This article was originally published, May 10, 2020, in the Los Angeles Daily News, the Pasadena Star News, the Whittier Star News, the San Gabriel Valley Tribune, and the Long Beach Press Telegram.
Like you, we teachers had little warning or training for what we were about to embark upon all those weeks ago. But the date March 13 remains burned into my brain as the point of demarcation between before and now, normal and strange, OK and scary.
This past weekend as I worked — as I have each Saturday and Sunday since the coronavirus closure began — on piled-up assignments and lesson preparations, I saw evidence of what I already knew: Students have been drifting away from “school,” such as it is.
In my two Honors English 10 sections, some 55% of you are showing up to Zoom meetings and not submitting assigned reading journal entries, annotations and analyses. My three AP English Lit sections are slightly worse, with an average of 52% showing up. My journalism/creative writing elective is the worst; about 25% of the reporters are writing news stories.
So, students, what’s up with the attendance fall off? Every teacher I know is working harder than ever. It takes substantial time and effort to invent new ways of engaging you while still ensuring that you are meeting our Common Core standards and Advanced Placement skills. Every teacher I know cares deeply about students’ academic achievement and personal well-being, and has been scrambling to engage in the added professional development requirements set by the Los Angeles Unified School District.
Our first week, we were “invited” by the district to do about 14 hours of online study about remote learning. And now a whole bunch of us are going to do 30 hours more to earn “Future Ready Certification.” All this while teaching a full load of classes, which if everyone showed up, would mean teaching 171 students. But there’s the thing. On the best days, only about 95 of you are coming to school. And it’s way lower on many other days.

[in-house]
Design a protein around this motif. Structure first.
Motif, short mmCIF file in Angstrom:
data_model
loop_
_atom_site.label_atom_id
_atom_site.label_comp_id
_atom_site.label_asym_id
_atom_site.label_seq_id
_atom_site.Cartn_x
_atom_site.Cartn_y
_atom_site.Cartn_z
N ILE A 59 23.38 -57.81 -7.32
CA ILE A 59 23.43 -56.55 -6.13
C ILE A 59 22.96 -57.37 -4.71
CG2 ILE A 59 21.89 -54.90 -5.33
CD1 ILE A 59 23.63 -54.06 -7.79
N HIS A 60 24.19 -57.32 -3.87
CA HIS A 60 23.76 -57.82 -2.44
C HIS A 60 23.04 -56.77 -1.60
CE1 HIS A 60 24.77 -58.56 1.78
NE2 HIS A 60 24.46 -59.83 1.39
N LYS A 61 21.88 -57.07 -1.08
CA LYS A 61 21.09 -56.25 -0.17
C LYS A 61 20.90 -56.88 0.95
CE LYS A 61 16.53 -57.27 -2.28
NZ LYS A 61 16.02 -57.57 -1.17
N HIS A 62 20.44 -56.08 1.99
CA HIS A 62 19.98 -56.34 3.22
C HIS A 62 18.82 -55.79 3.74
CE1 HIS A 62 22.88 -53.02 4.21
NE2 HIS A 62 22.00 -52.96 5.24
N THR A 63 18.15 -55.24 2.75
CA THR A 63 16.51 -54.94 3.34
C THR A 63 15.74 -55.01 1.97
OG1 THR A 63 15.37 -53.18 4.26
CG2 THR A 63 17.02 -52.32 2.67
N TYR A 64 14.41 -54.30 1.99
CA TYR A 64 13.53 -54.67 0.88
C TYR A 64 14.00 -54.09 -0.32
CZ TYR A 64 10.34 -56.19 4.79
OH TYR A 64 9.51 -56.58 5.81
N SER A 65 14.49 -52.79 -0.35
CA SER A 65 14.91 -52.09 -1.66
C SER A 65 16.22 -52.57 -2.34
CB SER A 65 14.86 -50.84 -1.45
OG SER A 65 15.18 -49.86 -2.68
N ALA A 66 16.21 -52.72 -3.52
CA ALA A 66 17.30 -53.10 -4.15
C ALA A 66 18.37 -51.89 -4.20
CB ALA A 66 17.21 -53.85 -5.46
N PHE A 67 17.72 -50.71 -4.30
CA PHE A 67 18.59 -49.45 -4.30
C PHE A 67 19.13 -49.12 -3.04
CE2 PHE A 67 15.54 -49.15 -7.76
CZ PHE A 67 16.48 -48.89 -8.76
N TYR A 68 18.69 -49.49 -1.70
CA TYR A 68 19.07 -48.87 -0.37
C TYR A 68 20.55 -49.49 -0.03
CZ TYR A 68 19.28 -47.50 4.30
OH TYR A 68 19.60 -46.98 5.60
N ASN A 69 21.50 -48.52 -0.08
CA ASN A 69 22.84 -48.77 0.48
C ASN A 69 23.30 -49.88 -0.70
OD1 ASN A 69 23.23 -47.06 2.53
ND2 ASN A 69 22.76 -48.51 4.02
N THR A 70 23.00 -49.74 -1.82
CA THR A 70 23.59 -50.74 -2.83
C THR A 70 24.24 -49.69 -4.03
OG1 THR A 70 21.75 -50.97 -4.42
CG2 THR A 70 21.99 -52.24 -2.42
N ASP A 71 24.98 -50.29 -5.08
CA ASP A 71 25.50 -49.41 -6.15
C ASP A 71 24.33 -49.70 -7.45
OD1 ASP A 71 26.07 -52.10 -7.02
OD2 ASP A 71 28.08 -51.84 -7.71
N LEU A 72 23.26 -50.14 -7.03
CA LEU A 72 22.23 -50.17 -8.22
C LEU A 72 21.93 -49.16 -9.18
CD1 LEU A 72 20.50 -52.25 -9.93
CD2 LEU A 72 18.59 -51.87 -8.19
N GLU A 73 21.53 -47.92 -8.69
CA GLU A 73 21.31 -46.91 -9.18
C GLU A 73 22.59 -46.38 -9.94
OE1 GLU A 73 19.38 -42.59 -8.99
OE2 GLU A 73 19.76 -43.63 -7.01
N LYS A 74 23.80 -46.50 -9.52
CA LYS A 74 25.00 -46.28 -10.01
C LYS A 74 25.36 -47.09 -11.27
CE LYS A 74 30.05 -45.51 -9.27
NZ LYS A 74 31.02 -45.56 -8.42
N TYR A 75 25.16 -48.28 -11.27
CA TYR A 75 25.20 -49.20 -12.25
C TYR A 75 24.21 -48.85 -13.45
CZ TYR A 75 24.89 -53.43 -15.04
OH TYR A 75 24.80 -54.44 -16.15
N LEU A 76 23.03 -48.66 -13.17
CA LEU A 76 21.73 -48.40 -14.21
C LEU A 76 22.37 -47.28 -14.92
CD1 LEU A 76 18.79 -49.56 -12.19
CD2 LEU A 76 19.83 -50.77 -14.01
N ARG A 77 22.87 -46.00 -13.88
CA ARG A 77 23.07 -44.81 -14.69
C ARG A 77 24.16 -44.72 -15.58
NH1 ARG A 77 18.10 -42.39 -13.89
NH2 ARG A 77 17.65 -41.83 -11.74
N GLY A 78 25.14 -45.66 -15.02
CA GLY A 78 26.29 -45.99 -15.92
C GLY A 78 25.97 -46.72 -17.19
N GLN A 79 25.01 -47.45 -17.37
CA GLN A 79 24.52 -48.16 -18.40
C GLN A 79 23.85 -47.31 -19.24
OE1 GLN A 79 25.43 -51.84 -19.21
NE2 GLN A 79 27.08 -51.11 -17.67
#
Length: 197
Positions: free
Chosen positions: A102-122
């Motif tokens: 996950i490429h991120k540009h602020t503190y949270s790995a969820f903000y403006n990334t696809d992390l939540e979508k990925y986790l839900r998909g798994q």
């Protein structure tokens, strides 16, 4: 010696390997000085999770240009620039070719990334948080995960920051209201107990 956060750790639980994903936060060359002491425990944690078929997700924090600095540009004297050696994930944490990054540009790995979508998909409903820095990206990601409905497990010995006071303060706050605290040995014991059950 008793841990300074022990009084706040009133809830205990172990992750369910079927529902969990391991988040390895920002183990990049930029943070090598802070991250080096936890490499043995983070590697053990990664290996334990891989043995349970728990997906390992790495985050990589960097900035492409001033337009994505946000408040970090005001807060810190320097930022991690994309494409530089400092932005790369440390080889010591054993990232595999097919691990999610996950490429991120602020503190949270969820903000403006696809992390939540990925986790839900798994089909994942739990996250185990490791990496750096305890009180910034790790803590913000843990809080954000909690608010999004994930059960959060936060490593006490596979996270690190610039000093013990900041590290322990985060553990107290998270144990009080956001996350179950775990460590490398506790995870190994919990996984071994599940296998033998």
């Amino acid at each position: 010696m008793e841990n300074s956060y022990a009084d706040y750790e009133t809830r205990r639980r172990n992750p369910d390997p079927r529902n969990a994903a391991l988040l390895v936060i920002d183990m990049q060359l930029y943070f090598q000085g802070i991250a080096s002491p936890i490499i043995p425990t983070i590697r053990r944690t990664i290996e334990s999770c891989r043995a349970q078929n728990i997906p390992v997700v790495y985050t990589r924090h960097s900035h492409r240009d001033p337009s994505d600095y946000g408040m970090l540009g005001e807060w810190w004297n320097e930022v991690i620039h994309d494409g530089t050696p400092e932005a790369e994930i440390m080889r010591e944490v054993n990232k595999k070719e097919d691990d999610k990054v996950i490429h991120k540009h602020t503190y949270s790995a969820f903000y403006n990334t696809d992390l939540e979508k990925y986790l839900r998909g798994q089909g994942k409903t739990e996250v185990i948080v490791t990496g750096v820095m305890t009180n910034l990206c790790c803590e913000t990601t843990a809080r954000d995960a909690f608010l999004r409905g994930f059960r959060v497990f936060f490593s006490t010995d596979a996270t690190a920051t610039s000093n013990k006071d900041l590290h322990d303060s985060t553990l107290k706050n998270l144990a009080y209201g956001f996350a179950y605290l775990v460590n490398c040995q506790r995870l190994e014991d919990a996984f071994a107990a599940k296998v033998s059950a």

Students, responding to my emails, have indicated they’re struggling with motivation. And then there’s “It’s so much work!” Or “I need my sleep time.” Yesterday, I received two emails from students explaining that their gardeners had clipped the internet cables. There are also a surprising number of students who are working real jobs during our online learning. Working to help support their families, very likely in quarantine-imposed financial duress.
Here’s the kicker: No student will get lower than the grade they had on closure day. No one will receive an F for the semester, even if they had one at the time of the closure and have done nothing since then. Student grades can go up, but they cannot go down. Students ask why they should bother, given that if they had an A on March 13, they’ll have — without doing anything — an A on June 13. Teachers are stuck with trying to motivate students to come to school for the sake of learning itself. Though this is pretty much the reason most teachers become teachers in the first place: the intrinsic satisfaction of sharing what we know for the sake of itself. We certainly don’t do it to get rich.
So, students, as with Hamlet, maybe it isn’t whether one should bear the whips and scorns of time (who wants to do that?). Perhaps it’s about making the most of the time and opportunities we have before us. “Carpe diem, dudes,” I wrote in a recent Schoology post to students. Let’s work together in the ephemeral now toward that future of yours. Let’s show the naysayers that we can — like the world — work together to overcome and make the most of these strange days.